TBA to increase efforts to win renewal of Tennessee Plan

TBA President Marcy Eason said today that the TBA will be stepping up its efforts to win long-term renewal of the Tennessee Plan in the next two to three weeks. The TBA has supported merit selection for Tennessee Appellate Judges since the Plan was instituted in 1971.

Eason said the efforts will focus on the following:
-- The Yes/No Retention Election is an election. Even opponents of this merit selection plan acknowledge that every Tennessee and Federal Court that has looked at the question has concluded the Plan is constitutional under the Tennessee Constitution.
-- A survey performed by the University of Tennessee shows preference by 69% of the voters for a merit selection and retention plan over partisan, political elections.
-- Tennessee's merit selection plan has resulted in a more diverse bench.
-- The diverse and hardworking panel of citizens and lawyers who make recommendations to the governor are appointed on a non-partisan basis.

Eason also said that the TBA will increase efforts to foster better public understanding about the Tennessee Plan. Part of that effort will be led by the newly appointed Judicial Campaign Conduct Committee, which will encourage judicial candidates to subscribe to a fair campaign code of conduct.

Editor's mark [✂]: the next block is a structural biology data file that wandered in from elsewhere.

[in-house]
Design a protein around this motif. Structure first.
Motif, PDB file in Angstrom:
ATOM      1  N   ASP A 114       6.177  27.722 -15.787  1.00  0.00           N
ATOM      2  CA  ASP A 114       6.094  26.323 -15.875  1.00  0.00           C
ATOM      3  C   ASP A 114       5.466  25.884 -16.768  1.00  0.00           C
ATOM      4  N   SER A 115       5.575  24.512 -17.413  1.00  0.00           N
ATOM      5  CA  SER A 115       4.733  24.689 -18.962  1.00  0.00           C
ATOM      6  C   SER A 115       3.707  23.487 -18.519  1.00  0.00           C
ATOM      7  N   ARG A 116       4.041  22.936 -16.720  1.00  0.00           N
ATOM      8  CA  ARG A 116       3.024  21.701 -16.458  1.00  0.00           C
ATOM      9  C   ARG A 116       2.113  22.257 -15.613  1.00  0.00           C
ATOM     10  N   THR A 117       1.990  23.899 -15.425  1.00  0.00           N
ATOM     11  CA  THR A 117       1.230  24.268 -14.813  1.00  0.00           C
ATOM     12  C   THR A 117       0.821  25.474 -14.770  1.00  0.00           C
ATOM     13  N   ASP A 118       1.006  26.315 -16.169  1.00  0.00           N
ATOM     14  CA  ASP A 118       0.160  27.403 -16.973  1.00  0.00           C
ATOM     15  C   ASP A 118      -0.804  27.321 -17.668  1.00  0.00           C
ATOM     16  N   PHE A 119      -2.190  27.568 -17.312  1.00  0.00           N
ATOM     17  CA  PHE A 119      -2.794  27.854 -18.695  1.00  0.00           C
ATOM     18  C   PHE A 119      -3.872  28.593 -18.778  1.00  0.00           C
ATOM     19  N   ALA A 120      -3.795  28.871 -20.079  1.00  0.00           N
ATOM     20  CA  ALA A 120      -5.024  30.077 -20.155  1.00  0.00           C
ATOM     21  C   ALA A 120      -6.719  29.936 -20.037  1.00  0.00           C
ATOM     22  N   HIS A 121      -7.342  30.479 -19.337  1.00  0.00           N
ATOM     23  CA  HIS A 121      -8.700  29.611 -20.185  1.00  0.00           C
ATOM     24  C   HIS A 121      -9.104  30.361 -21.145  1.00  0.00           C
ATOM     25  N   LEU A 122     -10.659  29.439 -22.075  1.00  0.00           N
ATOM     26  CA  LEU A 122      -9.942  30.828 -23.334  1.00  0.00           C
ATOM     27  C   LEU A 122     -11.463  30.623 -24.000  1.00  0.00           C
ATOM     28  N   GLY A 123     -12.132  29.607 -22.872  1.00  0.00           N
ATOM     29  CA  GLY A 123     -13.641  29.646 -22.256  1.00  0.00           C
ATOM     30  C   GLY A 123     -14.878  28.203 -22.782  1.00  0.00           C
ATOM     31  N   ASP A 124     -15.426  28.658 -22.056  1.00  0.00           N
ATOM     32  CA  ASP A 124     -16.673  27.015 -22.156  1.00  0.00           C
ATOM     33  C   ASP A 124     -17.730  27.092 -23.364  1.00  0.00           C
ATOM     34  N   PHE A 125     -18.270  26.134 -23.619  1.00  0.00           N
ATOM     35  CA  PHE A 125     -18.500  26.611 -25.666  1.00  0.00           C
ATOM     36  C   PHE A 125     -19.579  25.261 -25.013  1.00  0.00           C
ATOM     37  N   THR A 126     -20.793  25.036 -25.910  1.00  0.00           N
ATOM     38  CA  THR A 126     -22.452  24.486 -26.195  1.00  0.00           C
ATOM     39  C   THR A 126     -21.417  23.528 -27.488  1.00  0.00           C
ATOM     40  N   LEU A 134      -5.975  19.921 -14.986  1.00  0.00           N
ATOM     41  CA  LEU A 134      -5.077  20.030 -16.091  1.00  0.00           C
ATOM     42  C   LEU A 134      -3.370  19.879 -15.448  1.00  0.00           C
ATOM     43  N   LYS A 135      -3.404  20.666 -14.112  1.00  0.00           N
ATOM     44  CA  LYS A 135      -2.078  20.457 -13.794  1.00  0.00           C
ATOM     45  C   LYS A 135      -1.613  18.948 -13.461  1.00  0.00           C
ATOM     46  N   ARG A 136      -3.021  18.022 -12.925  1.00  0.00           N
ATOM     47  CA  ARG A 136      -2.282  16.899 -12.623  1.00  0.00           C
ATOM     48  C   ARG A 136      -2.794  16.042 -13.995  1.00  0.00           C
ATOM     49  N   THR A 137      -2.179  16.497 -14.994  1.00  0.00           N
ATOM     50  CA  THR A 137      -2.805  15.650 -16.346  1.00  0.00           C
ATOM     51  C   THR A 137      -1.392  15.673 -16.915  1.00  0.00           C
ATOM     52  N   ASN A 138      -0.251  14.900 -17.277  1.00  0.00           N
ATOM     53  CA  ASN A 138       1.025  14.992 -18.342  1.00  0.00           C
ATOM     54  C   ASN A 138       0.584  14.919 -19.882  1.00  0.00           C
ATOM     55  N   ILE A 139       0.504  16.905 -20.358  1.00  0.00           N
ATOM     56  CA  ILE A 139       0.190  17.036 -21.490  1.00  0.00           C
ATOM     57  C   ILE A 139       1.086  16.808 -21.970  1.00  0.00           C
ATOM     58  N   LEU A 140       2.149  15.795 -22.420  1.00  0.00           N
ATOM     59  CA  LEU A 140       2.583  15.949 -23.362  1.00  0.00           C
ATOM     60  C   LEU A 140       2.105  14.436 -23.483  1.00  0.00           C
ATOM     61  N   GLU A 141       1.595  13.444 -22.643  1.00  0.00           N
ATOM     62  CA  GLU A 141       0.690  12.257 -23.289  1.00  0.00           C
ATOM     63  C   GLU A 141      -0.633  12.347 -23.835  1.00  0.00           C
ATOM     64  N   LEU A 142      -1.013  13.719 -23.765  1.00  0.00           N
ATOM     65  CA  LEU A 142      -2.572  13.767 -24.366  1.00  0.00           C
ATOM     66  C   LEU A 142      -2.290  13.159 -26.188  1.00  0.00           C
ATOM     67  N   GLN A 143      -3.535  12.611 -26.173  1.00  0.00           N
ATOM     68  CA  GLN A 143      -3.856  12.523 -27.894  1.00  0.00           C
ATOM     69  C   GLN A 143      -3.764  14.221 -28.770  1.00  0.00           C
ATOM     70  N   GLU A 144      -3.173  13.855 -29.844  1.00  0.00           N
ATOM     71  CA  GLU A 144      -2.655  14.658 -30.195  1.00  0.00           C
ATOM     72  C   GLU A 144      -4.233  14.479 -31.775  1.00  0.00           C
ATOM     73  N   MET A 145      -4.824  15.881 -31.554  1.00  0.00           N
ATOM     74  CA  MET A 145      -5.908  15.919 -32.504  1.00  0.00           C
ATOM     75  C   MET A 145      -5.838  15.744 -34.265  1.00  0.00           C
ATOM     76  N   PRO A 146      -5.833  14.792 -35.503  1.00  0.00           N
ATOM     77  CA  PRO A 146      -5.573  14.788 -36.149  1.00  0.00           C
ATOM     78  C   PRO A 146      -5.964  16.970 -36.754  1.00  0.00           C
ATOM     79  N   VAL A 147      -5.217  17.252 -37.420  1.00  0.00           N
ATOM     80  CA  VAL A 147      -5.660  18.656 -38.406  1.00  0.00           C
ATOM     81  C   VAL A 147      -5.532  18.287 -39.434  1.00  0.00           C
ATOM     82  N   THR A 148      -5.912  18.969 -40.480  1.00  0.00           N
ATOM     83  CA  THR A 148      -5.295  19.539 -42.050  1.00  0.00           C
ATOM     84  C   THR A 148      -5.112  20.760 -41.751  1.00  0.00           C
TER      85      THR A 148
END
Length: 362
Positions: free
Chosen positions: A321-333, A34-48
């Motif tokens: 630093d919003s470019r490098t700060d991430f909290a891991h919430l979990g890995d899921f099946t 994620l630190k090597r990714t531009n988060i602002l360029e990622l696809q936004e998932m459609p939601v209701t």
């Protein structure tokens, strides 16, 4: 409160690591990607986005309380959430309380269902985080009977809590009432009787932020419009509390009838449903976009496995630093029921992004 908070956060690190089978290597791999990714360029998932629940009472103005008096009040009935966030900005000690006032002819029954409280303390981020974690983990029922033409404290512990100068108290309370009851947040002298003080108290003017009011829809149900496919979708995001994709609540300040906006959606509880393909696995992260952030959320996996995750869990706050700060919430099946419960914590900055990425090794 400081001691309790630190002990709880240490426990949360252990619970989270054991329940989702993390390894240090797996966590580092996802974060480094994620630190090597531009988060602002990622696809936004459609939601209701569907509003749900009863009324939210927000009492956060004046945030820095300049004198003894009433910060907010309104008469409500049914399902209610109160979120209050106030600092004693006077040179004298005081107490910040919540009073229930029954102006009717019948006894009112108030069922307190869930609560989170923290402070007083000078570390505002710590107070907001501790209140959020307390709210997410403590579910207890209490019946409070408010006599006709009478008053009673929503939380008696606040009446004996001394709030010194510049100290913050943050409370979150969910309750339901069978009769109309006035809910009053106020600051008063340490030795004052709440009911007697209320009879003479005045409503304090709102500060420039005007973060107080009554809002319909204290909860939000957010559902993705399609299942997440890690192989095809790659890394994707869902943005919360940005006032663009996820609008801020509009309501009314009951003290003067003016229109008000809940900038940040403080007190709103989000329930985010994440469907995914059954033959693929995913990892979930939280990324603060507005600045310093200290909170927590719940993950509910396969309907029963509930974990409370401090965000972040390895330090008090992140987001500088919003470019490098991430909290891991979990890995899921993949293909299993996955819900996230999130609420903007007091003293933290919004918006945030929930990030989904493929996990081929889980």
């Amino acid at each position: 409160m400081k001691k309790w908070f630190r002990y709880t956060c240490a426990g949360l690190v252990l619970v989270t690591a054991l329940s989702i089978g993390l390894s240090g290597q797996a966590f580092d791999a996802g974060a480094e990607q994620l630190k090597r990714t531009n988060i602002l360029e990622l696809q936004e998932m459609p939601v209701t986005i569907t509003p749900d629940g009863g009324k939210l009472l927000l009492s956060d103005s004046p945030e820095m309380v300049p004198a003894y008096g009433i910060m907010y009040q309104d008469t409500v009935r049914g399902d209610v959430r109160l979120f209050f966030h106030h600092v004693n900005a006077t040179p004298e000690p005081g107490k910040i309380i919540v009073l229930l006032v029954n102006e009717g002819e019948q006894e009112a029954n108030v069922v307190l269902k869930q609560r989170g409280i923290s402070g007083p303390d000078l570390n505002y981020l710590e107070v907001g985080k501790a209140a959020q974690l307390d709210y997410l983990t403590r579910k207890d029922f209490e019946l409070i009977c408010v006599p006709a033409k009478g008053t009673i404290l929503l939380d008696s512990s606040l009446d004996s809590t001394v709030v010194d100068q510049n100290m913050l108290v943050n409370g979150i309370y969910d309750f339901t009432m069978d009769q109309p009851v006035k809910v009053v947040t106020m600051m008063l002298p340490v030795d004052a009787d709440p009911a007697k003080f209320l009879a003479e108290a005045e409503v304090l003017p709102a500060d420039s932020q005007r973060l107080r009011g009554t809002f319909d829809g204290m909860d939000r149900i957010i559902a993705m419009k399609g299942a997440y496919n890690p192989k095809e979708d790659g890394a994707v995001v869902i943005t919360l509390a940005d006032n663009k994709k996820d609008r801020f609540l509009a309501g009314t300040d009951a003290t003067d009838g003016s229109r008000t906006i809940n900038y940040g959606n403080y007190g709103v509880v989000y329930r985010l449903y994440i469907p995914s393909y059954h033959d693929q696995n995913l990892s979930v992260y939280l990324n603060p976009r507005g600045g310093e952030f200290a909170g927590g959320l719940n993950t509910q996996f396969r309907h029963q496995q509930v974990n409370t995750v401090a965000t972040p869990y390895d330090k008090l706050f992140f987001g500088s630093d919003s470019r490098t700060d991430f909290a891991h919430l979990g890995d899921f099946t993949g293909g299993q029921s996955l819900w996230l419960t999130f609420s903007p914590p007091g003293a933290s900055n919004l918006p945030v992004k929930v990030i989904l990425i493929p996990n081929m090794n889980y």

"Our justice system works because the focus is on fair and impartial judges. Experience in 2006 when all judges were up for election emphasized the need to protect the courts from political controversies. If judges were pressured to make public statements on positions or issues, they would have to recuse themselves from cases in which those issues were raised," Eason said.

The Judicial Campaign Conduct Committee will assist the public to have a better understanding of the proper qualifications for judges, and to have awareness of sources for information through the evaluations from the Judicial Evaluation Commission. Ultimately this effort will aid the public to better understand the process, and to determine which candidates should be elected to judicial positions.
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With Dissenting Opinion

Court: TCA